Leaving the Kiev airport on the way to Uman for Rosh Hashanah last year, the driver of our van offered to first take us to visit the kevarim of other tzaddikim in Vilednik, Berditchev, and Mezhibuz for a very reasonable additional cost. We immediately agreed and drove through the night on bumpy Ukrainian back roads without sleeping; arriving in Vilednik at midnight, Berditchev at 2:00 a.m., and Mezhibuz at 4:00 a.m.
In Mezhibuz, I spent a lot of time by the kever of the Degel Machaneh Ephraim. I had last visited Mezhibuz 10 years previously and had not expected that I would have time to visit his kever during this visit. I was absolutely amazed how circumstances presented me with this opportunity.
Since the time of my last visit, not a day had gone by in which I hadn’t learned Degel Machaneh Ephraim. I couldn't help but conclude that there was something symbolic about the fact that I had to first go to Mezhibuz before I could go to Uman during this trip. It was as if the Degel himself was saying, "Let me get this right, there is a person who learns my sefer everyday and tries to connect to my derech avodah and he is not going to visit me after he flew thousands of miles across the ocean??? I will simply not permit it!! He must first come to me, and then he can go to Uman to see my nephew."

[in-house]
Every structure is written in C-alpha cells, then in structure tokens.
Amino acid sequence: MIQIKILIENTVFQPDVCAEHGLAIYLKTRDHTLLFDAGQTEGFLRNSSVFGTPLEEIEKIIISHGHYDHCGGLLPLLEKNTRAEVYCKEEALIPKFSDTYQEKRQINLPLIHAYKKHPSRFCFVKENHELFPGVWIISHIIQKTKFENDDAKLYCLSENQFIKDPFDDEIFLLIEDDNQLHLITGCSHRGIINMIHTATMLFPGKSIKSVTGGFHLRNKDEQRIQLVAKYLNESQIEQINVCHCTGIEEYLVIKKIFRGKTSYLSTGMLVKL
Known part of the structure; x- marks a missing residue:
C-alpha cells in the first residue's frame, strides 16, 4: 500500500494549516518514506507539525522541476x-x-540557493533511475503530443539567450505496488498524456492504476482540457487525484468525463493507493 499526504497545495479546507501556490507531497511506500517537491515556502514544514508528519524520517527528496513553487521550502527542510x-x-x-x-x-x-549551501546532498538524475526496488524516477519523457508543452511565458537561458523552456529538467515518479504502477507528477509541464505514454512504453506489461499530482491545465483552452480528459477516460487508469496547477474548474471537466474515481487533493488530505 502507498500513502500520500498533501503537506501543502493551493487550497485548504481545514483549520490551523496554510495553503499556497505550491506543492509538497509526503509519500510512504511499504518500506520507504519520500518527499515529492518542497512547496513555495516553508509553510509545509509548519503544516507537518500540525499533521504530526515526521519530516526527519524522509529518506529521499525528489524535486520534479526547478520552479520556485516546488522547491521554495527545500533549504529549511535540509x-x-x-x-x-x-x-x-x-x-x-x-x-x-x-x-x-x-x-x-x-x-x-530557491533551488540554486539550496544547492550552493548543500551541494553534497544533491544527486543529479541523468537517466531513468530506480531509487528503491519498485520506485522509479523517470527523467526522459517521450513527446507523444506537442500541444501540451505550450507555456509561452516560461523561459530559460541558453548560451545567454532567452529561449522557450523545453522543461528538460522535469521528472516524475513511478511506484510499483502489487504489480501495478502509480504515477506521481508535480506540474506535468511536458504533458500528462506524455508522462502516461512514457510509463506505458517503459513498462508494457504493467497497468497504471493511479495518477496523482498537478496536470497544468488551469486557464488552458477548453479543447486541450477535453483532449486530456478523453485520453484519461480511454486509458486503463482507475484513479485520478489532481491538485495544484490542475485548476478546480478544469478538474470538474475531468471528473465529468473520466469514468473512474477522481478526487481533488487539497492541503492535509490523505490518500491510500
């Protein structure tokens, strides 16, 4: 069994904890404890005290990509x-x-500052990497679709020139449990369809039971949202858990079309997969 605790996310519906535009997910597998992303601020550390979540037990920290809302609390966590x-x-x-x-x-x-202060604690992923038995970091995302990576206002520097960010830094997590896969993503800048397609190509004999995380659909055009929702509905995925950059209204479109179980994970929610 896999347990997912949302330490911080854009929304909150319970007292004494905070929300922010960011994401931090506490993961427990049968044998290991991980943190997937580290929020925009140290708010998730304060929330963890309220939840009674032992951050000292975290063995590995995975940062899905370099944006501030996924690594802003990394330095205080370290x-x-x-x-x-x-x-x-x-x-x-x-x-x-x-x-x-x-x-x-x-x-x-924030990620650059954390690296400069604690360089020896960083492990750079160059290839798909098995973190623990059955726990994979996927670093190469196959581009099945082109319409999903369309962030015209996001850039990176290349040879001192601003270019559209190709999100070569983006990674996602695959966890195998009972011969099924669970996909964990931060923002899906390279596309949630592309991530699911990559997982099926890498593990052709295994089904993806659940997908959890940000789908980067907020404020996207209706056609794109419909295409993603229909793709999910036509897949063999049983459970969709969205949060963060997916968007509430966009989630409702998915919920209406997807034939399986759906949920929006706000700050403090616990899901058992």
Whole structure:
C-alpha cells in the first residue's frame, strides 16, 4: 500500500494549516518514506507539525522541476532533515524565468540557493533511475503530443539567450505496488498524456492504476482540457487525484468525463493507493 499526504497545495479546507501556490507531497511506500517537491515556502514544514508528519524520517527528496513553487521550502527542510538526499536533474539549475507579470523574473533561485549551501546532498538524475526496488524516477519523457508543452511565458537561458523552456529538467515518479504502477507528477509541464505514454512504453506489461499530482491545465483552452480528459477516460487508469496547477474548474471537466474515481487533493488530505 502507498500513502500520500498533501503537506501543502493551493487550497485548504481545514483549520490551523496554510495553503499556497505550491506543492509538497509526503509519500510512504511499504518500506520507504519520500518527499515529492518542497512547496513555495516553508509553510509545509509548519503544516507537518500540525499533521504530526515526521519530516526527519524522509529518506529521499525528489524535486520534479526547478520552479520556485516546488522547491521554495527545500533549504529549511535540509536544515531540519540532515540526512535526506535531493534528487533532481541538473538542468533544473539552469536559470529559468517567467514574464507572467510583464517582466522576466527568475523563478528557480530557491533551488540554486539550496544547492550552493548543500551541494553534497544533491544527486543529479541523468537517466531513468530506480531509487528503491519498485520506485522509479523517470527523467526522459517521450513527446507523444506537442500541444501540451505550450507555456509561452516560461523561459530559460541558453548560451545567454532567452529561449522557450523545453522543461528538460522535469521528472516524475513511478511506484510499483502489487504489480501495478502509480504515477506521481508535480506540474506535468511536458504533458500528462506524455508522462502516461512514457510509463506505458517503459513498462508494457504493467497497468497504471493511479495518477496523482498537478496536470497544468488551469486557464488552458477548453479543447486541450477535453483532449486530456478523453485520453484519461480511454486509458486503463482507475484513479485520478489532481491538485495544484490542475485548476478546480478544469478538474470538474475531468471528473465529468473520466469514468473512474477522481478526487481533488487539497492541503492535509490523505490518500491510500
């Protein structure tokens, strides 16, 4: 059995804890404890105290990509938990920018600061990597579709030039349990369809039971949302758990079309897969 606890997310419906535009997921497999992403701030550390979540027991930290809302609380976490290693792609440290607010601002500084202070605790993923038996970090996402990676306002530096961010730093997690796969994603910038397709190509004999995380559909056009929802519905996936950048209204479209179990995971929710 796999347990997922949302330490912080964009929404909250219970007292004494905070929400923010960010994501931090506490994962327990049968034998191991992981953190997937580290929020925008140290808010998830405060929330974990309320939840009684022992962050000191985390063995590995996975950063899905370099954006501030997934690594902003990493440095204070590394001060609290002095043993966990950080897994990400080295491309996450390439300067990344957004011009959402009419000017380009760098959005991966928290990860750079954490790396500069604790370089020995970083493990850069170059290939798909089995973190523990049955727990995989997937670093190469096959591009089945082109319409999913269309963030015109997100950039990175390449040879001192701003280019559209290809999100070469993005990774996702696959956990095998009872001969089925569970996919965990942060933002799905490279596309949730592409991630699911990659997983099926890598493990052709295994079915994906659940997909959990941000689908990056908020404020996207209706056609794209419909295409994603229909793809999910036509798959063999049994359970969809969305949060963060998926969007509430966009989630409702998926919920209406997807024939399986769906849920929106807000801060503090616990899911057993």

Today, on the yahrzeit of the Degel Machaneh Ephraim, I am taking it upon myself to learn his sefer just five more minutes a day. I am doing this because I have recently concluded that it is my natural inclination to take on things in a big manner. However, I have found that it is best to do things by starting very small but with consistency every day.